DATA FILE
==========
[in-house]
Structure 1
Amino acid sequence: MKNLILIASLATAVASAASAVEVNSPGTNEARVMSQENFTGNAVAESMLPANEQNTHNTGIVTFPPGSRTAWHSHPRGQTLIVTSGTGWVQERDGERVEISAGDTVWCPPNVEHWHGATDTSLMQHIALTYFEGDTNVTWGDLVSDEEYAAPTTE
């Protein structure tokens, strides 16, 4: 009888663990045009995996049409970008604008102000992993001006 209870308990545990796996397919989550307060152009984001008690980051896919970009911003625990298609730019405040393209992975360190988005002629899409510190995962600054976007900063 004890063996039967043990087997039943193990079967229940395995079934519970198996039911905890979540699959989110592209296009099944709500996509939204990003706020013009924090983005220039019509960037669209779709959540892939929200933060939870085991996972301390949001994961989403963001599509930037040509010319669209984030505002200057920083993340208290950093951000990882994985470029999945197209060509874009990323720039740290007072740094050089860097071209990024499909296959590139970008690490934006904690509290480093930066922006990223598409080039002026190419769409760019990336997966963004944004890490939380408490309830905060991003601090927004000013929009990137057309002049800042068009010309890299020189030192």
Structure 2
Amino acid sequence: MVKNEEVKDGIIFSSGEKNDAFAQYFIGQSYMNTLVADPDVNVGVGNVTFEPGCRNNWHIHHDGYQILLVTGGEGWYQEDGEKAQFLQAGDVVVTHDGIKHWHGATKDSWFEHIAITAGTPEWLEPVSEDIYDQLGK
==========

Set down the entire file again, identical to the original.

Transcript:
[in-house]
Structure 1
Amino acid sequence: MKNLILIASLATAVASAASAVEVNSPGTNEARVMSQENFTGNAVAESMLPANEQNTHNTGIVTFPPGSRTAWHSHPRGQTLIVTSGTGWVQERDGERVEISAGDTVWCPPNVEHWHGATDTSLMQHIALTYFEGDTNVTWGDLVSDEEYAAPTTE
């Protein structure tokens, strides 16, 4: 009888663990045009995996049409970008604008102000992993001006 209870308990545990796996397919989550307060152009984001008690980051896919970009911003625990298609730019405040393209992975360190988005002629899409510190995962600054976007900063 004890063996039967043990087997039943193990079967229940395995079934519970198996039911905890979540699959989110592209296009099944709500996509939204990003706020013009924090983005220039019509960037669209779709959540892939929200933060939870085991996972301390949001994961989403963001599509930037040509010319669209984030505002200057920083993340208290950093951000990882994985470029999945197209060509874009990323720039740290007072740094050089860097071209990024499909296959590139970008690490934006904690509290480093930066922006990223598409080039002026190419769409760019990336997966963004944004890490939380408490309830905060991003601090927004000013929009990137057309002049800042068009010309890299020189030192």
Structure 2
Amino acid sequence: MVKNEEVKDGIIFSSGEKNDAFAQYFIGQSYMNTLVADPDVNVGVGNVTFEPGCRNNWHIHHDGYQILLVTGGEGWYQEDGEKAQFLQAGDVVVTHDGIKHWHGATKDSWFEHIAITAGTPEWLEPVSEDIYDQLGK